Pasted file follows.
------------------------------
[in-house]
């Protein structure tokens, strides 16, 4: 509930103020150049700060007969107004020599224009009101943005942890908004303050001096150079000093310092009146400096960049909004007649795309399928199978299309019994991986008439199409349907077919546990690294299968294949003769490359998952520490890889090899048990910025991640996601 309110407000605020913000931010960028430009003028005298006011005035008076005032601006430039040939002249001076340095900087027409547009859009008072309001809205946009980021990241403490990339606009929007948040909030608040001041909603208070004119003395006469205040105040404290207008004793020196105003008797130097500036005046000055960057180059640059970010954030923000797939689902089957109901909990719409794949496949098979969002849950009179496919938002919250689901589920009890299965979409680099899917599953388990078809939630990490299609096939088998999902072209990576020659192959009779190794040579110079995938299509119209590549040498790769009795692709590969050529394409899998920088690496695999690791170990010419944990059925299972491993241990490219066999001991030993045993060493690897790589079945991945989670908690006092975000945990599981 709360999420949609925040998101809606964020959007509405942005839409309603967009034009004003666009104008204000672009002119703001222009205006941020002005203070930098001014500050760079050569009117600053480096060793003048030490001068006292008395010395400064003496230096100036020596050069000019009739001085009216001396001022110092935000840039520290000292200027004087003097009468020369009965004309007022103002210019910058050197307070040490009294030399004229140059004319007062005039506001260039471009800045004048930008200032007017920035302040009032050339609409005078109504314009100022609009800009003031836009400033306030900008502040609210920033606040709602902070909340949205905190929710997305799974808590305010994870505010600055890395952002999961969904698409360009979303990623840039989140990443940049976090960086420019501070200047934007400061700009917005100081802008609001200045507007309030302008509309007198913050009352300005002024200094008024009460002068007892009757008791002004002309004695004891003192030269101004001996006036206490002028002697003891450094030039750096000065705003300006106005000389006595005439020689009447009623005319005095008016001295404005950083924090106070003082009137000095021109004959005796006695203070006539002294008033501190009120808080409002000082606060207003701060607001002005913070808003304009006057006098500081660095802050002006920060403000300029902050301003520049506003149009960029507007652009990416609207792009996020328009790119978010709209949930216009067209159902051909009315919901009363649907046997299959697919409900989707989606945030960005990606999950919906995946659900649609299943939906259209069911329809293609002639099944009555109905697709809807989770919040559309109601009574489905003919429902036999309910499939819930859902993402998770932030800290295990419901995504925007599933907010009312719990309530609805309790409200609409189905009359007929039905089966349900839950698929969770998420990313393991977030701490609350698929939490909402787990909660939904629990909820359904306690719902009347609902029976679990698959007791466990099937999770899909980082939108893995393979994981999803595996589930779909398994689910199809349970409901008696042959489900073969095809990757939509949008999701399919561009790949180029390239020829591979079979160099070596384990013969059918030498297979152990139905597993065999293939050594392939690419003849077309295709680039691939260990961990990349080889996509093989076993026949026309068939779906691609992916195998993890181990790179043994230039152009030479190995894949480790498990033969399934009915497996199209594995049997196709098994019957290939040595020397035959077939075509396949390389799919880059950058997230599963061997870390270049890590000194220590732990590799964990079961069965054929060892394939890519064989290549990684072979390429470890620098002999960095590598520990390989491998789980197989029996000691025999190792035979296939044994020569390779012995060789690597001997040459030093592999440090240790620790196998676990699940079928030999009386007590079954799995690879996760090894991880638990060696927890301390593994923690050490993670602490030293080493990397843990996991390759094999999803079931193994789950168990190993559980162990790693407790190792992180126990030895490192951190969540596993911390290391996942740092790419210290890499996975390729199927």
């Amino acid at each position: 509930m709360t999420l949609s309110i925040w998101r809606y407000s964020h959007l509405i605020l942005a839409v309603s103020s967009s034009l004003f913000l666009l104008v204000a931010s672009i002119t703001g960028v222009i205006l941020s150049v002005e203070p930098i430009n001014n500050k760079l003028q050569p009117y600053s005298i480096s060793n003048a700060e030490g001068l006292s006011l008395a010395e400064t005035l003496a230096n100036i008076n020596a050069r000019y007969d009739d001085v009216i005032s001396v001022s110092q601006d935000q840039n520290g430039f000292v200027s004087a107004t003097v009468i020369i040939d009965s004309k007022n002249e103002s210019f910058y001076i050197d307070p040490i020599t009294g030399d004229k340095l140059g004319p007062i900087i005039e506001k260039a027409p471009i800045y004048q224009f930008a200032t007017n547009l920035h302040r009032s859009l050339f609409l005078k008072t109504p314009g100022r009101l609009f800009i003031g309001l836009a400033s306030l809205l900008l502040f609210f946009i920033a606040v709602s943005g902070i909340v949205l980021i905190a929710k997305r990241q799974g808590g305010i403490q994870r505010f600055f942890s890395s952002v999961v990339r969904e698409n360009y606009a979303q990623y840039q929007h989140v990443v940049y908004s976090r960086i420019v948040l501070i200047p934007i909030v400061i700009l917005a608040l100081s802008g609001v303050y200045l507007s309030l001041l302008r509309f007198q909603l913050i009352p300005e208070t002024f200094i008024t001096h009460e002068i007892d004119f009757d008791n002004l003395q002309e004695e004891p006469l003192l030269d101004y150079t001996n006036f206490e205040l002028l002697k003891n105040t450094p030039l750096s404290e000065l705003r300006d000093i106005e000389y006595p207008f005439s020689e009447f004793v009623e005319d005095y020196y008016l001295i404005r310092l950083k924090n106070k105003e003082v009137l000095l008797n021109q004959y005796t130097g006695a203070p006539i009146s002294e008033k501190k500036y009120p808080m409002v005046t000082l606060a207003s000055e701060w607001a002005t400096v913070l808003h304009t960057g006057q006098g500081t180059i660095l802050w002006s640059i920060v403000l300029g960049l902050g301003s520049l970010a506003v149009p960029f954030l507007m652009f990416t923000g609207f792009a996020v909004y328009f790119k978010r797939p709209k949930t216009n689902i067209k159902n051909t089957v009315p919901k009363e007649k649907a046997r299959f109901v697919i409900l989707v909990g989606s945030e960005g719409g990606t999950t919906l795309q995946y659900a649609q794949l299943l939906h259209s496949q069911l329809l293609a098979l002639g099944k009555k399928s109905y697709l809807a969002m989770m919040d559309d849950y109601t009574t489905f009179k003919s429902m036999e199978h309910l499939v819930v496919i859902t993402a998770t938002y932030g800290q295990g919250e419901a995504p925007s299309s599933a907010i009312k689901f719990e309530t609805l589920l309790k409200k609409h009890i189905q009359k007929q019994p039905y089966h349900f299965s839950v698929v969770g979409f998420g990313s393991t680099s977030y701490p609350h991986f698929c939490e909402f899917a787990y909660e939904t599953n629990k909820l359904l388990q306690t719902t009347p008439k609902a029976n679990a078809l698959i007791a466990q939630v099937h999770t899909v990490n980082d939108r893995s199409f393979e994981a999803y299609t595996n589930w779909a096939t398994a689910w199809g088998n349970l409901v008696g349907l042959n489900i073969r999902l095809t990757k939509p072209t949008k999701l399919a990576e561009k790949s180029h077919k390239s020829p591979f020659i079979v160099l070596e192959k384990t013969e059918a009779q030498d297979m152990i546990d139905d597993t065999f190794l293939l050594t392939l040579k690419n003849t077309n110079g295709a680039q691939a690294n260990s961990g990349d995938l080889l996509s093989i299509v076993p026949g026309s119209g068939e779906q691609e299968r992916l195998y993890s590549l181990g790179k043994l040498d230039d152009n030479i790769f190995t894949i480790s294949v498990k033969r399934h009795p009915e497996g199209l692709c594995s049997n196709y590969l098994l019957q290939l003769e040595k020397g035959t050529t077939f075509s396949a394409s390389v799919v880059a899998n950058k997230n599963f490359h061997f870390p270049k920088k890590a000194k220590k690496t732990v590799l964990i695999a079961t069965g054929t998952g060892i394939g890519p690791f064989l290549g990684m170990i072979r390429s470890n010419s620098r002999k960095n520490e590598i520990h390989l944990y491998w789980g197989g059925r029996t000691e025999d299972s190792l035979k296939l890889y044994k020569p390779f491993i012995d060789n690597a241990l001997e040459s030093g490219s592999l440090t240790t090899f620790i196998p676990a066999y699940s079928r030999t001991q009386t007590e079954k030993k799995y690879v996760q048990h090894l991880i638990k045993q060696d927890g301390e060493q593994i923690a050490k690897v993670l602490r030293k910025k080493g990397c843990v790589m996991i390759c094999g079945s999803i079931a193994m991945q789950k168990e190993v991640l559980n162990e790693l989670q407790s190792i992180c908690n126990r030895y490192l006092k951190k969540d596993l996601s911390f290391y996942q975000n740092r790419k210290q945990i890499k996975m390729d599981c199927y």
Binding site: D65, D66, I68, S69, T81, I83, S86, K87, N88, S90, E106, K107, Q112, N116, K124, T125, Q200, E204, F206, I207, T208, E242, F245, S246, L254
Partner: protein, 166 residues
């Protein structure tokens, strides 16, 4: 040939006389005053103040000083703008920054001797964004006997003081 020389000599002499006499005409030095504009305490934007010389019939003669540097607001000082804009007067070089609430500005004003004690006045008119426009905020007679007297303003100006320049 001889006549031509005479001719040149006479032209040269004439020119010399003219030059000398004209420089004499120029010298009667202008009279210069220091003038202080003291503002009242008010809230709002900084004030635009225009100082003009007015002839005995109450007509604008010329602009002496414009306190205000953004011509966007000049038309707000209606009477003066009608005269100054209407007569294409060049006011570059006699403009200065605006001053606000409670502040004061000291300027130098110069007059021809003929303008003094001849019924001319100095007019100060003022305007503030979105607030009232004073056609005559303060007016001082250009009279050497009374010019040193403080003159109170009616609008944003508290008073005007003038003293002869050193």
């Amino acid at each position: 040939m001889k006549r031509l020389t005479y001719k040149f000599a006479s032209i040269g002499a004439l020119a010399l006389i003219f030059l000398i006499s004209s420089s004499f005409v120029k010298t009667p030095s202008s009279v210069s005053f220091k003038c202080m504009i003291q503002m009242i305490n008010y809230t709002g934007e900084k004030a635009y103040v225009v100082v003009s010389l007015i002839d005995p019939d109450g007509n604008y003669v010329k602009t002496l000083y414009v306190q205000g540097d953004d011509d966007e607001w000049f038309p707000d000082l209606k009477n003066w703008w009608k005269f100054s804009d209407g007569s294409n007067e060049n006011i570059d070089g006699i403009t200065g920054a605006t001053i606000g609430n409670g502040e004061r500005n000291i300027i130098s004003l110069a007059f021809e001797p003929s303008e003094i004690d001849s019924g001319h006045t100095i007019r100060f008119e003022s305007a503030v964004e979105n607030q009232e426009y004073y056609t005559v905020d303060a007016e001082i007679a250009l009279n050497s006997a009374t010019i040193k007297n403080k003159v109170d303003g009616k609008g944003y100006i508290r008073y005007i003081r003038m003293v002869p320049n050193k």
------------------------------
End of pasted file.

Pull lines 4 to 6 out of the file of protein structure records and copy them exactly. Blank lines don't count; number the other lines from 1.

Binding site: D65, D66, I68, S69, T81, I83, S86, K87, N88, S90, E106, K107, Q112, N116, K124, T125, Q200, E204, F206, I207, T208, E242, F245, S246, L254
Partner: protein, 166 residues
């Protein structure tokens, strides 16, 4: 040939006389005053103040000083703008920054001797964004006997003081 020389000599002499006499005409030095504009305490934007010389019939003669540097607001000082804009007067070089609430500005004003004690006045008119426009905020007679007297303003100006320049 001889006549031509005479001719040149006479032209040269004439020119010399003219030059000398004209420089004499120029010298009667202008009279210069220091003038202080003291503002009242008010809230709002900084004030635009225009100082003009007015002839005995109450007509604008010329602009002496414009306190205000953004011509966007000049038309707000209606009477003066009608005269100054209407007569294409060049006011570059006699403009200065605006001053606000409670502040004061000291300027130098110069007059021809003929303008003094001849019924001319100095007019100060003022305007503030979105607030009232004073056609005559303060007016001082250009009279050497009374010019040193403080003159109170009616609008944003508290008073005007003038003293002869050193």